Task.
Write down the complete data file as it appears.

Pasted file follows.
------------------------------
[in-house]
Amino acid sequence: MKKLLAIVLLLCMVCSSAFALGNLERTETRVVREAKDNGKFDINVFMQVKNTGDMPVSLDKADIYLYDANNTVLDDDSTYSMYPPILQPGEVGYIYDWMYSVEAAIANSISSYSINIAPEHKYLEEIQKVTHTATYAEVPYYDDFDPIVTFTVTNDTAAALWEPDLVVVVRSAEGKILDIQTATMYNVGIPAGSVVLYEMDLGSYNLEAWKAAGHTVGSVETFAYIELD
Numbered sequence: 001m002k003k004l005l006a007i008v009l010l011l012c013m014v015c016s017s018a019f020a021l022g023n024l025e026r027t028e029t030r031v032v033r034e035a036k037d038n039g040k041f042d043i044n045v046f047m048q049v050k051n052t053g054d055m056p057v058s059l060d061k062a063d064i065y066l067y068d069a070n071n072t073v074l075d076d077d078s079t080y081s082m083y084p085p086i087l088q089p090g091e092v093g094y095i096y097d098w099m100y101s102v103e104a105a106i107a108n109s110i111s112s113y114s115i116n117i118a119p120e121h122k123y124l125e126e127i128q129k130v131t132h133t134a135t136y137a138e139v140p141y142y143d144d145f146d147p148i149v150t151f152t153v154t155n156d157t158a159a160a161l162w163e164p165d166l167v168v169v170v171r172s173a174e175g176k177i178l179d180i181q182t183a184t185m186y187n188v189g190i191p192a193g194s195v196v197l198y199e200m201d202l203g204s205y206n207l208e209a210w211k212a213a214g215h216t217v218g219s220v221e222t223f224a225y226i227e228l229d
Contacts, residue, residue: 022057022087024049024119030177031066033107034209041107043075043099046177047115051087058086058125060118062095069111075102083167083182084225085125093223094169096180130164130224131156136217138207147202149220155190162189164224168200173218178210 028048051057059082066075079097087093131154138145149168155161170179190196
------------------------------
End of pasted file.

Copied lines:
[in-house]
Amino acid sequence: MKKLLAIVLLLCMVCSSAFALGNLERTETRVVREAKDNGKFDINVFMQVKNTGDMPVSLDKADIYLYDANNTVLDDDSTYSMYPPILQPGEVGYIYDWMYSVEAAIANSISSYSINIAPEHKYLEEIQKVTHTATYAEVPYYDDFDPIVTFTVTNDTAAALWEPDLVVVVRSAEGKILDIQTATMYNVGIPAGSVVLYEMDLGSYNLEAWKAAGHTVGSVETFAYIELD
Numbered sequence: 001m002k003k004l005l006a007i008v009l010l011l012c013m014v015c016s017s018a019f020a021l022g023n024l025e026r027t028e029t030r031v032v033r034e035a036k037d038n039g040k041f042d043i044n045v046f047m048q049v050k051n052t053g054d055m056p057v058s059l060d061k062a063d064i065y066l067y068d069a070n071n072t073v074l075d076d077d078s079t080y081s082m083y084p085p086i087l088q089p090g091e092v093g094y095i096y097d098w099m100y101s102v103e104a105a106i107a108n109s110i111s112s113y114s115i116n117i118a119p120e121h122k123y124l125e126e127i128q129k130v131t132h133t134a135t136y137a138e139v140p141y142y143d144d145f146d147p148i149v150t151f152t153v154t155n156d157t158a159a160a161l162w163e164p165d166l167v168v169v170v171r172s173a174e175g176k177i178l179d180i181q182t183a184t185m186y187n188v189g190i191p192a193g194s195v196v197l198y199e200m201d202l203g204s205y206n207l208e209a210w211k212a213a214g215h216t217v218g219s220v221e222t223f224a225y226i227e228l229d
Contacts, residue, residue: 022057022087024049024119030177031066033107034209041107043075043099046177047115051087058086058125060118062095069111075102083167083182084225085125093223094169096180130164130224131156136217138207147202149220155190162189164224168200173218178210 028048051057059082066075079097087093131154138145149168155161170179190196